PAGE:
Sheila Willcox is a British born eventer who won many national and international three-day events, including Badminton Horse Trials and the European Championships. However, she is famous for winning Badminton over three consecutive years from 1957–1959.
Sheila was born in 1937 and began riding when she was a child and an active member of the Pony Club being seen in many show rings during the early fifties. In 1955 at the young age of eighteen, she rode her first three-day event with her Arabian pony cross, High and Mighty. In the same year, she rode this super little pony around Badminton and was thrilled to come second! This was the start of a formidable eventing career and in 1957, Sheila and her wonderful High and Mighty won Badminton Horse Trials with a 22 point lead after dressage and an impressive 47 lead by the end of the event.
With this cracking Arabian pony, she went on to compete later that year in the European Championships earning both team and individual gold medals. This led to another team gold for the pairing in 1959. Hard to believe now but women were not allowed to compete in eventing in the Olympics, so she sold High and Mighty to Ted Marsh hoping that he would be selected for the team. Sadly this was not the case.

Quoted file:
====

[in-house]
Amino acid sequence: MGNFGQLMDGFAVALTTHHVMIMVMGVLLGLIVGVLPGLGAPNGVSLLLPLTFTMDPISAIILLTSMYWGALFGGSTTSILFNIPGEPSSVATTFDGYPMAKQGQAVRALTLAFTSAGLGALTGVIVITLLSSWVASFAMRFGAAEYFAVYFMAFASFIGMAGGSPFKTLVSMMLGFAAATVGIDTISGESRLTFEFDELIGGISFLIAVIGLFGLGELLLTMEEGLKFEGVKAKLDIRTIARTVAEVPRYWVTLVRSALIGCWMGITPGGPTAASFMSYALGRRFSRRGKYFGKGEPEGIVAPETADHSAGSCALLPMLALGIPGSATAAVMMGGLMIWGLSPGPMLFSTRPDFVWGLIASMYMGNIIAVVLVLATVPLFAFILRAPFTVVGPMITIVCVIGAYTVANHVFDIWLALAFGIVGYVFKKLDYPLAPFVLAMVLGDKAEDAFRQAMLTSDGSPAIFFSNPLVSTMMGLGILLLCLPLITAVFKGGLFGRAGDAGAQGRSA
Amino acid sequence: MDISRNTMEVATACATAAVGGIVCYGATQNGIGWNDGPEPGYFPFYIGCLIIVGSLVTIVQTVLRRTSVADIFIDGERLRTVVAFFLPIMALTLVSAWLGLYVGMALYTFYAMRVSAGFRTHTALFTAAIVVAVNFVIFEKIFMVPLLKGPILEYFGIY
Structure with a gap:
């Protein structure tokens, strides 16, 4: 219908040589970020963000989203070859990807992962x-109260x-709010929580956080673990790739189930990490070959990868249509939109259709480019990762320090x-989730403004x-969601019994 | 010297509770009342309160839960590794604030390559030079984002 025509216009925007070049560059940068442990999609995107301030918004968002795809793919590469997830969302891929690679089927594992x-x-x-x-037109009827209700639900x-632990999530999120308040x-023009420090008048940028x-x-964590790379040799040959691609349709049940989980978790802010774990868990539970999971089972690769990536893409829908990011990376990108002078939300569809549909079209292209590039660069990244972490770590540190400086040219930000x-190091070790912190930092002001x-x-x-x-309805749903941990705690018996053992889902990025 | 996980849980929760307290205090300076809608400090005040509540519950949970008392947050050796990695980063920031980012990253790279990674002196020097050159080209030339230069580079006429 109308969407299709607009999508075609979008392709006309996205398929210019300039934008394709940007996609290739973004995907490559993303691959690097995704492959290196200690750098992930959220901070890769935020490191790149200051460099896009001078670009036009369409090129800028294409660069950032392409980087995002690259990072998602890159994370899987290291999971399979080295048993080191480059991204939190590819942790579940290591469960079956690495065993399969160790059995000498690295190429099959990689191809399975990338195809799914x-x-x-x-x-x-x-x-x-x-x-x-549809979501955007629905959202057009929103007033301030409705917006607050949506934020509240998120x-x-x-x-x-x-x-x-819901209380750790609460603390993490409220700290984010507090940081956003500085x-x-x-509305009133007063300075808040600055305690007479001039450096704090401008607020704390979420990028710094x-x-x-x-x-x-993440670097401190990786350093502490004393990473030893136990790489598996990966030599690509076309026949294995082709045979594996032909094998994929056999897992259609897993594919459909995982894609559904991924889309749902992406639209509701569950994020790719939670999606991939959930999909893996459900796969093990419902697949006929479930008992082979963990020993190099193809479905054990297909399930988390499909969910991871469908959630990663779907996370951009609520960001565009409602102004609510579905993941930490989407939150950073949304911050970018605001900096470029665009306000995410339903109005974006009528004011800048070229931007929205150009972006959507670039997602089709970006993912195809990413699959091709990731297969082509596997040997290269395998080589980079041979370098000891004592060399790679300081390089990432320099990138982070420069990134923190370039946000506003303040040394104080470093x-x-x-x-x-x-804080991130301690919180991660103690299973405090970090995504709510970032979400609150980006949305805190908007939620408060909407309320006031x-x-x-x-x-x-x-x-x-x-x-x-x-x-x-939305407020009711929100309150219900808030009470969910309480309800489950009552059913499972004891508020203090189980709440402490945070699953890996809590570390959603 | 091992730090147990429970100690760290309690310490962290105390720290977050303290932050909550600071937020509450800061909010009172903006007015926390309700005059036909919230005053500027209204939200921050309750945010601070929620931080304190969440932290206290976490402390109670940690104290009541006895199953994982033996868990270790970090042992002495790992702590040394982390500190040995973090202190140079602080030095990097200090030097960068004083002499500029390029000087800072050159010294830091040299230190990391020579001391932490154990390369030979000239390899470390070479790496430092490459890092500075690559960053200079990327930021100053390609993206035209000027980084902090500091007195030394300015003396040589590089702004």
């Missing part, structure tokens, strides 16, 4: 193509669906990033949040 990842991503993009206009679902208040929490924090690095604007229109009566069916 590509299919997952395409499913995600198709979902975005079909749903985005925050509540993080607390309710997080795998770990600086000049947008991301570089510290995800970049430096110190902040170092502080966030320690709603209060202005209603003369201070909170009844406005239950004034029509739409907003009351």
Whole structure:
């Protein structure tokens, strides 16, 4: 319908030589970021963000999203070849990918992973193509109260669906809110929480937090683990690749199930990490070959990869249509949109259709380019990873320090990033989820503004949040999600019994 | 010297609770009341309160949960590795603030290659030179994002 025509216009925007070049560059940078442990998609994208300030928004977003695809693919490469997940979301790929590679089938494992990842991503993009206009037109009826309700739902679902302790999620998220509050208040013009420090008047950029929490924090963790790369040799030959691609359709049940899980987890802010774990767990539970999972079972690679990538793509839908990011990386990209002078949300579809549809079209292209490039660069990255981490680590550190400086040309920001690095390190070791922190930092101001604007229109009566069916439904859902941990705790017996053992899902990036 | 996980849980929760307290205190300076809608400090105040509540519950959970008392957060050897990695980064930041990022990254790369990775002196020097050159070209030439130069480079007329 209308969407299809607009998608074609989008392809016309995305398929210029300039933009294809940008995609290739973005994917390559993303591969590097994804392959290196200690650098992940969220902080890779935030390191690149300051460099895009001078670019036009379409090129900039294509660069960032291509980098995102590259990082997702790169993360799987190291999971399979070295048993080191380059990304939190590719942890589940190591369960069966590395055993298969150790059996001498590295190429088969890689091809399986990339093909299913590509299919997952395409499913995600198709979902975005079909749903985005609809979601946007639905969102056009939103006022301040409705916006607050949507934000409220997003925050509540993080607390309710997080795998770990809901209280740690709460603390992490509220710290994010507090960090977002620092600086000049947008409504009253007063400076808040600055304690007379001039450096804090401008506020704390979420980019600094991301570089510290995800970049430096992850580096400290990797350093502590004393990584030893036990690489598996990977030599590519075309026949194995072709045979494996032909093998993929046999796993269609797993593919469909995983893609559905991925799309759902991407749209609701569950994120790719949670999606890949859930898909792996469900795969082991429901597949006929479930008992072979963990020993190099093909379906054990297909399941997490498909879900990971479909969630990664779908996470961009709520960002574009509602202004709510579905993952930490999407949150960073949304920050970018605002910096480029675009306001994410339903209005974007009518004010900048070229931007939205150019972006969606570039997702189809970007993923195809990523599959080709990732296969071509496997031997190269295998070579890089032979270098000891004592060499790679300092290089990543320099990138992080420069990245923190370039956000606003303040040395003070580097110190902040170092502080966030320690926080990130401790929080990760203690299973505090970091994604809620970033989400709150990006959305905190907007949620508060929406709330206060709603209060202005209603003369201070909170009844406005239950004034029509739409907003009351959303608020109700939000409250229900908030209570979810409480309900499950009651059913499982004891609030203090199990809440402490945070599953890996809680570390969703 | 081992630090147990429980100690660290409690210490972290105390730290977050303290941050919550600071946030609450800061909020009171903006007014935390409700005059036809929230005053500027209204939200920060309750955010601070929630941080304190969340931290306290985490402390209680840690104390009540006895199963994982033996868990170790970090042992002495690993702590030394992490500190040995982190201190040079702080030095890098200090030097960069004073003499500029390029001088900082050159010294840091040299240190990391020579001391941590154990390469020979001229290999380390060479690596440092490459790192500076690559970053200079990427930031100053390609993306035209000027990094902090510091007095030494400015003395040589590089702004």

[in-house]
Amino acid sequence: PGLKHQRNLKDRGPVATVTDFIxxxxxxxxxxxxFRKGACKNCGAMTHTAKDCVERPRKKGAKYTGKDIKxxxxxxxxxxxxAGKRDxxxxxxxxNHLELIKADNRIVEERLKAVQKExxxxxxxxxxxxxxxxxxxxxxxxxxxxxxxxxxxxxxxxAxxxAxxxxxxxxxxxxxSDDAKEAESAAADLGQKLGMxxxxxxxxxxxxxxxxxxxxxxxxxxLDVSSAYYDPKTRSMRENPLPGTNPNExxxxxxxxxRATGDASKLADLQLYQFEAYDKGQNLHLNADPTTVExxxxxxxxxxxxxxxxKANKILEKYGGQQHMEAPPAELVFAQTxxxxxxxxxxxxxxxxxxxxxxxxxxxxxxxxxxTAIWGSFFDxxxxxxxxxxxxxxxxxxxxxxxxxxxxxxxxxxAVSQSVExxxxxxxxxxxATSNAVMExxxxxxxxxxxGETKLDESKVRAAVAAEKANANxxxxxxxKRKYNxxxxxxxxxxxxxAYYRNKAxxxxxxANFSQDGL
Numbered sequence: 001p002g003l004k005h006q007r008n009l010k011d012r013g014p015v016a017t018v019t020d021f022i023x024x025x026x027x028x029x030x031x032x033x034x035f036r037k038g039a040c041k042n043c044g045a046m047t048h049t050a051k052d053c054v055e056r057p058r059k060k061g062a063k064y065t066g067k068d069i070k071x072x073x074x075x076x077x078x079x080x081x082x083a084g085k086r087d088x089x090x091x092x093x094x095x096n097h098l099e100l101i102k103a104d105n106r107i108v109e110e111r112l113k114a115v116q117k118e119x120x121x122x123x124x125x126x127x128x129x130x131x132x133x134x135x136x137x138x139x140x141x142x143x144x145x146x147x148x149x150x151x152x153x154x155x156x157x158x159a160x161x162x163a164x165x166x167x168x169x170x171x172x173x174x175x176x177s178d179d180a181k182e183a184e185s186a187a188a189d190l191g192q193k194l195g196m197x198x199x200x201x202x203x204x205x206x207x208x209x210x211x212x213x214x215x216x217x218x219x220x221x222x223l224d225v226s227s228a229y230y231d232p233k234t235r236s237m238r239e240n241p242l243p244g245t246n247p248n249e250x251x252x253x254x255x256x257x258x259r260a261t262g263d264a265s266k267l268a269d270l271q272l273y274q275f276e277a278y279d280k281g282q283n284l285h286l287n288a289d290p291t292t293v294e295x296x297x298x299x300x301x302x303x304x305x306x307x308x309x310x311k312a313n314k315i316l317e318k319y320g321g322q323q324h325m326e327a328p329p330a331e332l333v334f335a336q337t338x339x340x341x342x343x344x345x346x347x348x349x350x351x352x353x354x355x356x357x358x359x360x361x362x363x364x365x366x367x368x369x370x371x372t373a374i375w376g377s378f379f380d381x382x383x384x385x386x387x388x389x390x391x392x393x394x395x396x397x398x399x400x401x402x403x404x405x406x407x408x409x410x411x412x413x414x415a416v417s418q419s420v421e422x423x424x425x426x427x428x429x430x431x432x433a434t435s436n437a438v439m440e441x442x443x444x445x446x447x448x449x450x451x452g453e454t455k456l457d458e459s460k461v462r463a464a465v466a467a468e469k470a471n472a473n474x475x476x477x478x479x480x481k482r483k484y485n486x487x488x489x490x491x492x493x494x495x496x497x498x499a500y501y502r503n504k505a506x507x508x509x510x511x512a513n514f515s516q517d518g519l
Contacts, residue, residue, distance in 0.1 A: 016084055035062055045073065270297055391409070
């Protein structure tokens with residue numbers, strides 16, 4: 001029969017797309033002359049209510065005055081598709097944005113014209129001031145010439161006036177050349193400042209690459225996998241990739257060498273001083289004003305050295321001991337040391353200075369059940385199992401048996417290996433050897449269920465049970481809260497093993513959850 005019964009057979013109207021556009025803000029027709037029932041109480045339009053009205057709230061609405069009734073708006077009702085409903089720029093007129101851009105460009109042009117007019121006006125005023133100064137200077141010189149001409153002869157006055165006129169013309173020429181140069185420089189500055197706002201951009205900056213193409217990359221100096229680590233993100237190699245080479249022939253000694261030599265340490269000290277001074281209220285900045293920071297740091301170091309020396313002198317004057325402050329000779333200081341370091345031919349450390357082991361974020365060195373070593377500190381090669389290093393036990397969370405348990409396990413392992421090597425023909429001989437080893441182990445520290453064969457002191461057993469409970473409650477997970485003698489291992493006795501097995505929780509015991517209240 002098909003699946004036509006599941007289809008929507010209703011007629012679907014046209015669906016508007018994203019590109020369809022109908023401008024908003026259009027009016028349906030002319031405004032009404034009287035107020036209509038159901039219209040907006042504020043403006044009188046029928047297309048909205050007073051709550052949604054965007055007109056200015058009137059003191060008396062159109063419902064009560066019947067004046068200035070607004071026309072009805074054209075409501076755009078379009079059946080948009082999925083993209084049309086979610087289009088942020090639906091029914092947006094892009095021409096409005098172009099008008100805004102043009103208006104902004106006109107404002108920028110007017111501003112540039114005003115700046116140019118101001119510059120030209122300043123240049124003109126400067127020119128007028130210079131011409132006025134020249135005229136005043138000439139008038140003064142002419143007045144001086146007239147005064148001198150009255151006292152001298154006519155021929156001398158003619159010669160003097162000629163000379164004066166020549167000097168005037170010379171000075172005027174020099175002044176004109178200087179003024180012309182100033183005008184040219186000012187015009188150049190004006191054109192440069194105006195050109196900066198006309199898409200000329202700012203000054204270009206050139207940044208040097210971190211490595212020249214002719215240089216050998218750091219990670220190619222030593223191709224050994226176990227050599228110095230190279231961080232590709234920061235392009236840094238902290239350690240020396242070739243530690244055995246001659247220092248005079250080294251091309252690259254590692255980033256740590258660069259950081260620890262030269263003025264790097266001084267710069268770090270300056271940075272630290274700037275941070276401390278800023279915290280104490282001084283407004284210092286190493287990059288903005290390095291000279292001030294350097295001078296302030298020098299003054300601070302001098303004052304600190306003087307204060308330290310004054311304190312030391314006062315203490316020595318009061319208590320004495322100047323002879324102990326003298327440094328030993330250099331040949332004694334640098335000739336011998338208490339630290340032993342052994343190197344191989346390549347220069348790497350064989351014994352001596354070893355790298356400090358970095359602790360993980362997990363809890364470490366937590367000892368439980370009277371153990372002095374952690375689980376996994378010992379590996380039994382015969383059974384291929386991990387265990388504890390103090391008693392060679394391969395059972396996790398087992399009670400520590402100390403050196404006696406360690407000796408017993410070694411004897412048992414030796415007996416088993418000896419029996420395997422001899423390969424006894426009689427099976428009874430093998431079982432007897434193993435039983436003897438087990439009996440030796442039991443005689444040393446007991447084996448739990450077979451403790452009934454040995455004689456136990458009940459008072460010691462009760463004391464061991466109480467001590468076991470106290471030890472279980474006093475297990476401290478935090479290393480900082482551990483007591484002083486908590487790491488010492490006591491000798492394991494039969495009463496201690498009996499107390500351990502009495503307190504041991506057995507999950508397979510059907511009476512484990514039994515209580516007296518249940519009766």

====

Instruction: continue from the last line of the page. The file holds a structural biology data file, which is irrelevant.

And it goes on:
Sheila returned to Badminton in 1959 with her new but inexperienced horse Airs and Graces. She won the dressage but had a steady but slower cross-country run due to the ground conditions. A rail down in the show jumping ring by fellow rider David Somerset saw her to victory winning Badminton for the third consecutive year! To this day, she is the only rider to have won Badminton three years running. This was not the end of her successes at Badminton as she won Little Badminton in 1964 riding Glenamoy.
Sheila Willcox went on to have a hugely successful eventing career winning eight major titles. After a terrible fall in 1971 at Tidworth Horse Trials which left her partially paralysed, she gave up eventing and focused on dressage. She went on to gain success in this equestrian sport as well, reaching Grand Prix level on Son and Heir. Sheila sadly passed away in 2017 aged 81. However, she will be forever remembered as a pioneer for women in the sport of eventing.
by Samantha Hobden
Image source: Sheila Willcox from her book The Event Horse